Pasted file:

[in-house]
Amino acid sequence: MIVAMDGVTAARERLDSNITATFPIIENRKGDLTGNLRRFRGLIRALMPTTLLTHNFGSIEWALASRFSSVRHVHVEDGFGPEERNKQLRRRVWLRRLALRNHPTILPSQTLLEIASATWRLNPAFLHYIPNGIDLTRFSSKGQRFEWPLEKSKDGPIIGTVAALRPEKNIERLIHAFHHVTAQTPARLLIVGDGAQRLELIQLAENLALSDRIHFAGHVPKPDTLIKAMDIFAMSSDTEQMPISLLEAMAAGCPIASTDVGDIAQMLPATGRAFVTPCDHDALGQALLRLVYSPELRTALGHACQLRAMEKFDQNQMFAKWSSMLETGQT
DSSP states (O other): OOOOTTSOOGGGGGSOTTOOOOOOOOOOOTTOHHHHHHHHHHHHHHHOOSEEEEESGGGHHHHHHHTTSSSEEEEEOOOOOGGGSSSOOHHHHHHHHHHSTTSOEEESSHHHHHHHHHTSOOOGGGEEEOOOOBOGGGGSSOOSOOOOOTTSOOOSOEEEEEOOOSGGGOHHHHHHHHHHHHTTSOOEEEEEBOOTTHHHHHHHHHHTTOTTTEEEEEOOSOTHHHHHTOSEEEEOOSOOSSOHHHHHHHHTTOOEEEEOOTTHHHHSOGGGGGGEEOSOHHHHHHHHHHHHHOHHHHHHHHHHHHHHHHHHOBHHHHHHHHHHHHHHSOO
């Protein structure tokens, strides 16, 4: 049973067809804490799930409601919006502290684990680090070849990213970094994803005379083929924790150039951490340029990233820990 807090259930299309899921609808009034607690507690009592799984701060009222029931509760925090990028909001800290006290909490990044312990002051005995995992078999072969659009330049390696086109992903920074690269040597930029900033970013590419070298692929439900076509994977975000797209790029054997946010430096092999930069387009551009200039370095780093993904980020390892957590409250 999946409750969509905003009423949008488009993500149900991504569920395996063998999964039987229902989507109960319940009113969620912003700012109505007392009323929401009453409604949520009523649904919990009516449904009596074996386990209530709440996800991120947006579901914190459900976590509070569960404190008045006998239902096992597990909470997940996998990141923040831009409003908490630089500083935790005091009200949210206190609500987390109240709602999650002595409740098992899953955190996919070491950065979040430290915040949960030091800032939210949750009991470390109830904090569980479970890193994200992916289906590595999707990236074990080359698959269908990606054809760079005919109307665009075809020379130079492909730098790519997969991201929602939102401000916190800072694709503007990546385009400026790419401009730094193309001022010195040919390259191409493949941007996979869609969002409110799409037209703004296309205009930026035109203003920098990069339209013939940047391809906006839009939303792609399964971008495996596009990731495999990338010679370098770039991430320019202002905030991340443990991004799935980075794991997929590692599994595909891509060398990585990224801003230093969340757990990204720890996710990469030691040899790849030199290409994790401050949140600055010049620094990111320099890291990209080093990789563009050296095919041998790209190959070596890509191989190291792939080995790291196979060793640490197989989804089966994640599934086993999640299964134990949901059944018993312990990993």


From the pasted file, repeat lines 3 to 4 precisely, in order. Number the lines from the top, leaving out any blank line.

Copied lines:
DSSP states (O other): OOOOTTSOOGGGGGSOTTOOOOOOOOOOOTTOHHHHHHHHHHHHHHHOOSEEEEESGGGHHHHHHHTTSSSEEEEEOOOOOGGGSSSOOHHHHHHHHHHSTTSOEEESSHHHHHHHHHTSOOOGGGEEEOOOOBOGGGGSSOOSOOOOOTTSOOOSOEEEEEOOOSGGGOHHHHHHHHHHHHTTSOOEEEEEBOOTTHHHHHHHHHHTTOTTTEEEEEOOSOTHHHHHTOSEEEEOOSOOSSOHHHHHHHHTTOOEEEEOOTTHHHHSOGGGGGGEEOSOHHHHHHHHHHHHHOHHHHHHHHHHHHHHHHHHOBHHHHHHHHHHHHHHSOO
């Protein structure tokens, strides 16, 4: 049973067809804490799930409601919006502290684990680090070849990213970094994803005379083929924790150039951490340029990233820990 807090259930299309899921609808009034607690507690009592799984701060009222029931509760925090990028909001800290006290909490990044312990002051005995995992078999072969659009330049390696086109992903920074690269040597930029900033970013590419070298692929439900076509994977975000797209790029054997946010430096092999930069387009551009200039370095780093993904980020390892957590409250 999946409750969509905003009423949008488009993500149900991504569920395996063998999964039987229902989507109960319940009113969620912003700012109505007392009323929401009453409604949520009523649904919990009516449904009596074996386990209530709440996800991120947006579901914190459900976590509070569960404190008045006998239902096992597990909470997940996998990141923040831009409003908490630089500083935790005091009200949210206190609500987390109240709602999650002595409740098992899953955190996919070491950065979040430290915040949960030091800032939210949750009991470390109830904090569980479970890193994200992916289906590595999707990236074990080359698959269908990606054809760079005919109307665009075809020379130079492909730098790519997969991201929602939102401000916190800072694709503007990546385009400026790419401009730094193309001022010195040919390259191409493949941007996979869609969002409110799409037209703004296309205009930026035109203003920098990069339209013939940047391809906006839009939303792609399964971008495996596009990731495999990338010679370098770039991430320019202002905030991340443990991004799935980075794991997929590692599994595909891509060398990585990224801003230093969340757990990204720890996710990469030691040899790849030199290409994790401050949140600055010049620094990111320099890291990209080093990789563009050296095919041998790209190959070596890509191989190291792939080995790291196979060793640490197989989804089966994640599934086993999640299964134990949901059944018993312990990993």